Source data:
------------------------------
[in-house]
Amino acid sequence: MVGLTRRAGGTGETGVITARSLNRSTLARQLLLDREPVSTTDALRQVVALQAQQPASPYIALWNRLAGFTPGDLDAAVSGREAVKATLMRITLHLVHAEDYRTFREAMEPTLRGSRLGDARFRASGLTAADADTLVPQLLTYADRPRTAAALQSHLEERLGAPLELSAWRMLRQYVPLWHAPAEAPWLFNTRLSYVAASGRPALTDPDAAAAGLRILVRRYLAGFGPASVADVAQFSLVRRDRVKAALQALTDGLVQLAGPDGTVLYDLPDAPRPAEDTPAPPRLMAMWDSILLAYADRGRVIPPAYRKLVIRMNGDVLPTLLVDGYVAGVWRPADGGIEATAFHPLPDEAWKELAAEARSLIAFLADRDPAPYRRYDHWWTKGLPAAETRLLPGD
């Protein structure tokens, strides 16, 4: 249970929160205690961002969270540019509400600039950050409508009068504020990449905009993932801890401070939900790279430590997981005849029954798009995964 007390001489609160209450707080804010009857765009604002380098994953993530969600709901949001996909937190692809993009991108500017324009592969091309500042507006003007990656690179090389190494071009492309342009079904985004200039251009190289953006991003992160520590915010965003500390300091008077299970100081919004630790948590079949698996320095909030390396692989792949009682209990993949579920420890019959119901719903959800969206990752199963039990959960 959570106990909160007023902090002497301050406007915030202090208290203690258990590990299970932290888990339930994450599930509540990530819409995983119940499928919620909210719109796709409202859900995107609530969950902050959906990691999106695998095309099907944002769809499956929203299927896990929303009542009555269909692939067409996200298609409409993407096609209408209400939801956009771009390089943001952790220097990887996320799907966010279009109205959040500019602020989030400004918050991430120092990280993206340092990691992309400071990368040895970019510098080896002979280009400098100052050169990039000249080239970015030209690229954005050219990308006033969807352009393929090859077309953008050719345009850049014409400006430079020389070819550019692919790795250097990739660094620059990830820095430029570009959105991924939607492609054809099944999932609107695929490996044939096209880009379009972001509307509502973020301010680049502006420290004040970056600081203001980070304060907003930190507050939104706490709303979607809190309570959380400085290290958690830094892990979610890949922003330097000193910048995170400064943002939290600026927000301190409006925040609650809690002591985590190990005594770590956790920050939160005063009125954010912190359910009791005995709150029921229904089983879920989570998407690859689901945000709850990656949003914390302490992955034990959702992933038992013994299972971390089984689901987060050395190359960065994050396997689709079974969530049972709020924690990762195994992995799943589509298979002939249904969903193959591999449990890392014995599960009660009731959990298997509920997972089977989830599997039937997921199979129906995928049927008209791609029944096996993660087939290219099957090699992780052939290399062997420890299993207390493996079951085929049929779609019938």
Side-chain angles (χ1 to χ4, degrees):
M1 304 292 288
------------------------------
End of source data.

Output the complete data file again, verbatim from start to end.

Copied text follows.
[in-house]
Amino acid sequence: MVGLTRRAGGTGETGVITARSLNRSTLARQLLLDREPVSTTDALRQVVALQAQQPASPYIALWNRLAGFTPGDLDAAVSGREAVKATLMRITLHLVHAEDYRTFREAMEPTLRGSRLGDARFRASGLTAADADTLVPQLLTYADRPRTAAALQSHLEERLGAPLELSAWRMLRQYVPLWHAPAEAPWLFNTRLSYVAASGRPALTDPDAAAAGLRILVRRYLAGFGPASVADVAQFSLVRRDRVKAALQALTDGLVQLAGPDGTVLYDLPDAPRPAEDTPAPPRLMAMWDSILLAYADRGRVIPPAYRKLVIRMNGDVLPTLLVDGYVAGVWRPADGGIEATAFHPLPDEAWKELAAEARSLIAFLADRDPAPYRRYDHWWTKGLPAAETRLLPGD
């Protein structure tokens, strides 16, 4: 249970929160205690961002969270540019509400600039950050409508009068504020990449905009993932801890401070939900790279430590997981005849029954798009995964 007390001489609160209450707080804010009857765009604002380098994953993530969600709901949001996909937190692809993009991108500017324009592969091309500042507006003007990656690179090389190494071009492309342009079904985004200039251009190289953006991003992160520590915010965003500390300091008077299970100081919004630790948590079949698996320095909030390396692989792949009682209990993949579920420890019959119901719903959800969206990752199963039990959960 959570106990909160007023902090002497301050406007915030202090208290203690258990590990299970932290888990339930994450599930509540990530819409995983119940499928919620909210719109796709409202859900995107609530969950902050959906990691999106695998095309099907944002769809499956929203299927896990929303009542009555269909692939067409996200298609409409993407096609209408209400939801956009771009390089943001952790220097990887996320799907966010279009109205959040500019602020989030400004918050991430120092990280993206340092990691992309400071990368040895970019510098080896002979280009400098100052050169990039000249080239970015030209690229954005050219990308006033969807352009393929090859077309953008050719345009850049014409400006430079020389070819550019692919790795250097990739660094620059990830820095430029570009959105991924939607492609054809099944999932609107695929490996044939096209880009379009972001509307509502973020301010680049502006420290004040970056600081203001980070304060907003930190507050939104706490709303979607809190309570959380400085290290958690830094892990979610890949922003330097000193910048995170400064943002939290600026927000301190409006925040609650809690002591985590190990005594770590956790920050939160005063009125954010912190359910009791005995709150029921229904089983879920989570998407690859689901945000709850990656949003914390302490992955034990959702992933038992013994299972971390089984689901987060050395190359960065994050396997689709079974969530049972709020924690990762195994992995799943589509298979002939249904969903193959591999449990890392014995599960009660009731959990298997509920997972089977989830599997039937997921199979129906995928049927008209791609029944096996993660087939290219099957090699992780052939290399062997420890299993207390493996079951085929049929779609019938």
Side-chain angles (χ1 to χ4, degrees):
M1 304 292 288